This blog is my attempt to reconnect with the world of chemistry. I have a PhD in Inorganic Chemistry and make a living doing research for a large company in Michigan. As times have changed, that company has changed its focus and I no longer have as much chance to do the basic, fundamental research which I most enjoy. Through this blog, I am hoping to recapture the magic which I felt during my graduate (and undergraduate) days in college. Expect topics on chemistry and alchemy along with some non-chemistry related items which I think might be interesting.

"The chymists are a strange class of mortals, impelled by an almost insane impulse to seek their pleasure among smoke and vapour, soot and flame, poisons and poverty; yet among all these evils I seem to live so sweetly that may I die if I would change places with the Persian King."

Johann Joachim Becher (phlogistonist)
Acta Laboratorii Chymica Monacensis, seu Physica Subterranea, (1669).

Friday, June 27, 2008

Chemophobia Part II – MSDS’s

Note: A three minute storm was sufficient to knock out our power again for about 5 hours on Thursday evening, so this post was somewhat delayed.

Wow! The post on chemophobia evoked more comments than any other topic I've come up with. Must be a lot of pent-up emotion, I guess. During that post I failed to mention an article that covers the subject in much greater depth. The writer jokes that if everyone were required to obtain an MSDS for everything, they’d eventually get over chemophobia. Possibly, but I’d be more concerned that making the general public aware of the existence of MSDS’s might just backfire on us. I mean, has anyone here actually read an MSDS sheet for commonly used lab chemicals? Even the most benign material can sound like a potential terrorist weapon after reading through those things. I once looked up the MSDS for “oil of wintergreen” (ingredient in Icy Hot and mint toothpaste) and capsaicin (active component of chili peppers, also used for muscle pain relief). Despite the fact that these materials are meant to be eaten and/or placed on our skin, their MSDS’s tended to scare me away from their use. ("Sorry, honey, I can't really bring myself to brush my teeth anymore"). Here are a few sentences taken from an MSDS for another common chemical usually found in the lab:

Mutagenic for mammalian somatic cells, bacteria, and yeast.
May cause cancer based on animal data.
May cause adverse reproductive effects and birth defects.
May be toxic to heart, gastrointestinal tract, central nervous system.
Repeated or prolonged exposure can damage target organs.
Hazardous in case of skin contact (irritant), of ingestion, or inhalation.

May cause gastrointestinal (digestive) tract irritation with epigastric pain, abdominal cramps, nausea, vomiting and diarrhea. Affects metabolism and cardiovascular system with symptoms including increase in metabolism, flushing, palpitations, rapid heart rate, dysrhythmias, hypotension, blood pressure elevation and weight loss, metabolic acidosis. May affect brain and behavior/central nervous system.. Symptoms may include nervousness, anxiety, restlessness, insomnia, dizziness, tremor, seizures, convulsions, hallucinations, somnolence, toxic psychosis, tremors, convulsions, ataxia. May also affect blood, respiration (hyperventilation), and urinary system (mild increase in urinary volume and urinary sodium excretion), and may directly produce hypokalemia.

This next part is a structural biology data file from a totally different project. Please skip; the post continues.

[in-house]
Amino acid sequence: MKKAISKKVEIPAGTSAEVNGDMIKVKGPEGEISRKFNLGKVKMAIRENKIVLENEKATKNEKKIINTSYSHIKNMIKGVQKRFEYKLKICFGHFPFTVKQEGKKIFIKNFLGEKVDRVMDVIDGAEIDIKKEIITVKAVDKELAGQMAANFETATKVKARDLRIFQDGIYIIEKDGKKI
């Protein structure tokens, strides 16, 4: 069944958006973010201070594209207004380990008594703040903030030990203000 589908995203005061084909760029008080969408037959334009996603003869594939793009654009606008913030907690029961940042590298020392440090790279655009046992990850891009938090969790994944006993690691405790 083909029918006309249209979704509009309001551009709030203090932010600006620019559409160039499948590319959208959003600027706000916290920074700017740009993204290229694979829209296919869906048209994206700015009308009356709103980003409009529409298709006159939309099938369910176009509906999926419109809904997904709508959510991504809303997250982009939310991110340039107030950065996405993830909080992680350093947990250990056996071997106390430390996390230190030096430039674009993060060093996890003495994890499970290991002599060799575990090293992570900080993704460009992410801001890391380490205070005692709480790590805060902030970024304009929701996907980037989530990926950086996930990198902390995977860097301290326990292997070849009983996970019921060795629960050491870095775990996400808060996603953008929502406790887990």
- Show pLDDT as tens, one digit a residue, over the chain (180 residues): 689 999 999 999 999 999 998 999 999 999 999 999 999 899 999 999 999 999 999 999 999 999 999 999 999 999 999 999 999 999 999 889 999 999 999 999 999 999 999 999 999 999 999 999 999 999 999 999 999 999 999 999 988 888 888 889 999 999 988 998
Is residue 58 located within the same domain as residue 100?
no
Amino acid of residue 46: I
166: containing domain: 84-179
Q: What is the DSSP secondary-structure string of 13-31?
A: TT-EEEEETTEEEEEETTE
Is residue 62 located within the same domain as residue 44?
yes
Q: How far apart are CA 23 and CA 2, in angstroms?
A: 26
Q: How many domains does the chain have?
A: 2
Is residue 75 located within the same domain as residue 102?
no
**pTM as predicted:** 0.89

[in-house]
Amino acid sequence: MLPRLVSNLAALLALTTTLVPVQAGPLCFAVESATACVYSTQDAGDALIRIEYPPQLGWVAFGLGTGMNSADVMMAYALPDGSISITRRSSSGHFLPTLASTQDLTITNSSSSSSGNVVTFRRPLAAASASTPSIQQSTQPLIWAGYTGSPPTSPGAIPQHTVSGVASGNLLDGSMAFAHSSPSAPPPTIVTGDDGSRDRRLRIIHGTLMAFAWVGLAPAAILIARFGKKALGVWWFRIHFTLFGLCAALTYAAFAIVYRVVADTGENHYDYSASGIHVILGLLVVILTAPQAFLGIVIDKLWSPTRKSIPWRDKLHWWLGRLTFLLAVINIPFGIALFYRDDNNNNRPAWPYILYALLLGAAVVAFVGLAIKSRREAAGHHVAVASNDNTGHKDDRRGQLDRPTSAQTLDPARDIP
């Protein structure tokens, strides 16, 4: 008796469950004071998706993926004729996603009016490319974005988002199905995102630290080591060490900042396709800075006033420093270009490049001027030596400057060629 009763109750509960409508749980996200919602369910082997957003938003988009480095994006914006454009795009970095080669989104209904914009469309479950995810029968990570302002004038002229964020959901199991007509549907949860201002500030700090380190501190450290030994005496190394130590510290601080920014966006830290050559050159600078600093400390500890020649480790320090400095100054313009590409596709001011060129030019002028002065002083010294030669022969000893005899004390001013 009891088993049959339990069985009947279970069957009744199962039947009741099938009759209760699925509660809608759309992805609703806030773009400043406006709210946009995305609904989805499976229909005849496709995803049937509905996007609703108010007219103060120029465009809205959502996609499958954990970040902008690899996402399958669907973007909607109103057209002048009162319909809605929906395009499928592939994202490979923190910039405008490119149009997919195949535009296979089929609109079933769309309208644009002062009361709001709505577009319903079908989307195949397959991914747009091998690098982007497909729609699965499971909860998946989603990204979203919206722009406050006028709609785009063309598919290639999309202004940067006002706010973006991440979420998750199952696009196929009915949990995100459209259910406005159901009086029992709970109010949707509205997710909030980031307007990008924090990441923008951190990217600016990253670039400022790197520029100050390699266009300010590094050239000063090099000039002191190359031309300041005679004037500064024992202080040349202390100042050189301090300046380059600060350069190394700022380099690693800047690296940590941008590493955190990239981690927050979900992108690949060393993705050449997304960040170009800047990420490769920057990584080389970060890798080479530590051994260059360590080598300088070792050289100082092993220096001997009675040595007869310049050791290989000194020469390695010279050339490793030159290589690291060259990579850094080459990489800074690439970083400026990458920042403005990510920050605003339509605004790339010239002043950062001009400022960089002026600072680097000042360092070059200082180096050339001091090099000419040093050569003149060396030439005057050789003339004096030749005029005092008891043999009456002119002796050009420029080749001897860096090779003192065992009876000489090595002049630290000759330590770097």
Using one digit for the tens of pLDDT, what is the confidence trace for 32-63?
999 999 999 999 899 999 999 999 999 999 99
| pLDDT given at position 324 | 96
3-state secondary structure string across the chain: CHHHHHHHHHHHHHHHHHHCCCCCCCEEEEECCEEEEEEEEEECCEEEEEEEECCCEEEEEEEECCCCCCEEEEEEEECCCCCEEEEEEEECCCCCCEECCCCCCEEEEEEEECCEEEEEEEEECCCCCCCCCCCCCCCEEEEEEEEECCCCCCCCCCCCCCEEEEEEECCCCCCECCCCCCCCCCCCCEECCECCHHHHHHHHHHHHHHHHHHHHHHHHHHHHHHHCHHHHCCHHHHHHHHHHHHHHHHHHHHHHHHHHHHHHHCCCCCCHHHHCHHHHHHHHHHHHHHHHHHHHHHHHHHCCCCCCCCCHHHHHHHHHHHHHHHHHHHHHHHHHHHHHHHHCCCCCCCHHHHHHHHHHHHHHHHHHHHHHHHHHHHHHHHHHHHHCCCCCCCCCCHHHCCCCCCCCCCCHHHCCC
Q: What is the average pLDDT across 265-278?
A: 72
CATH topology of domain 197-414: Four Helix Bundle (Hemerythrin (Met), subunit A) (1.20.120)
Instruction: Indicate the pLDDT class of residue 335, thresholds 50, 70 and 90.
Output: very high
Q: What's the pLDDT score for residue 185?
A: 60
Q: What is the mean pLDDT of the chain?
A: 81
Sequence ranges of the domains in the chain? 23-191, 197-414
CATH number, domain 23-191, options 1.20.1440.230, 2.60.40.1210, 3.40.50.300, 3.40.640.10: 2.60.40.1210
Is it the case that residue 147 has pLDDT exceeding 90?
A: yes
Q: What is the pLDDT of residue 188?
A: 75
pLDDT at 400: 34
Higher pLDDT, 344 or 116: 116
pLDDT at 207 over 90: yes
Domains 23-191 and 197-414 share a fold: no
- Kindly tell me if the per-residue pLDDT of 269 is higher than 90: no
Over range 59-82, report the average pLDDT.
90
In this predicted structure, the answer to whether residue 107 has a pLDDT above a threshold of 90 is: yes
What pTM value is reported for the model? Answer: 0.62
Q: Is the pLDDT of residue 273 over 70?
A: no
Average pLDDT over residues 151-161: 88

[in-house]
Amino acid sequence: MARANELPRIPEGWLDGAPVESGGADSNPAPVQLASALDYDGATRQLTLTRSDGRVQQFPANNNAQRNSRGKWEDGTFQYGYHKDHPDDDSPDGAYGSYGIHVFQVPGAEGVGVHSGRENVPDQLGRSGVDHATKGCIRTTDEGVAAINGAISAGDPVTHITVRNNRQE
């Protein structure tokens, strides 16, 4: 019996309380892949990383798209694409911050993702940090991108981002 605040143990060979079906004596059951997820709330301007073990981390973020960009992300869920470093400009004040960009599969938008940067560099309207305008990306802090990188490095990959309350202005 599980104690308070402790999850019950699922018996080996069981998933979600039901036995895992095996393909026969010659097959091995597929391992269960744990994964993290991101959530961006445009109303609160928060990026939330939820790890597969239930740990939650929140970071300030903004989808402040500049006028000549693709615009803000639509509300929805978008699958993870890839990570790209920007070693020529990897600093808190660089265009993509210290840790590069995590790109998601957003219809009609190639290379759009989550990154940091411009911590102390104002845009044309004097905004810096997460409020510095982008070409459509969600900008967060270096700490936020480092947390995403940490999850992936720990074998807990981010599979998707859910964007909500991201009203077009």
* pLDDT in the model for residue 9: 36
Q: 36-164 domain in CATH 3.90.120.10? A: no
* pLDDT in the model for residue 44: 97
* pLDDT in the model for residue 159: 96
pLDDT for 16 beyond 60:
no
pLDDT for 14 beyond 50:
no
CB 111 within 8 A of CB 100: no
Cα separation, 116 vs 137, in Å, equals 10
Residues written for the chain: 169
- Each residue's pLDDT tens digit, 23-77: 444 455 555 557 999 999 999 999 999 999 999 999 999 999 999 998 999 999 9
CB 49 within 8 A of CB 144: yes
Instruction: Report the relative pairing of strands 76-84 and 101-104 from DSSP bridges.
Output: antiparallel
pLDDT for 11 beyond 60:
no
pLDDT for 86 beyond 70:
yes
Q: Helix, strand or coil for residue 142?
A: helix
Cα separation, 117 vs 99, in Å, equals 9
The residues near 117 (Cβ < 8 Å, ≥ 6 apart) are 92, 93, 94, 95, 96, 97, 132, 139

Whoa, that sure sounds like something I should handle with some care! Now I don’t know how many of you actually use 1,3,7-trimethylxanthine in the lab, but I’d suggest being very careful with it. Even non-organikers may have cause for alarm since it is commonly found in aqueous solutions of coffee, tea, Mountain Dew, Coke, and various energy drinks.

So do we really need non-scientists reading these things? I’ve run across plenty of websites where people (obviously not science majors) were misusing MSDS’s to support their argument (e.g., anti-fluoridation groups). The fact that they occasionally used the wrong MSDS's (fluorine instead of fluoride or hexafluorosilicate) did not help their cause, IMO.

By the way, the idea for using caffeine as an example originally came from this website.

4 comments:

Ψ*Ψ said...

Yeah, MSDSs can induce a little panic. Someone once told me he just looked over the label on the bottle and gauged the danger by the number of exclamation points.

J said...

Our Health and Safety Department requires that we keep physical copies of MSDS's in our stockroom. Once, I splashed dihydrogen monoxide in my eye, and the first aid procedure was to wash my eyes out with water.

On that note, have you ever read the MSDS for sea sand?

Chemgeek said...

Oh, the sea sand warnings are my all-time favorite. That stuff is the most dangerous stuff in the world.

auflu said...

I had an order clerk come in my office in a panic state because she read the MSDS for the breathing air I'd ordered. The MSDS warned that the air contained 79% nitrogen, a known sufficant. She couldn't get a deep enough breath and I thought she was going to pass out until I convinced her she'd been breathing it her whole life.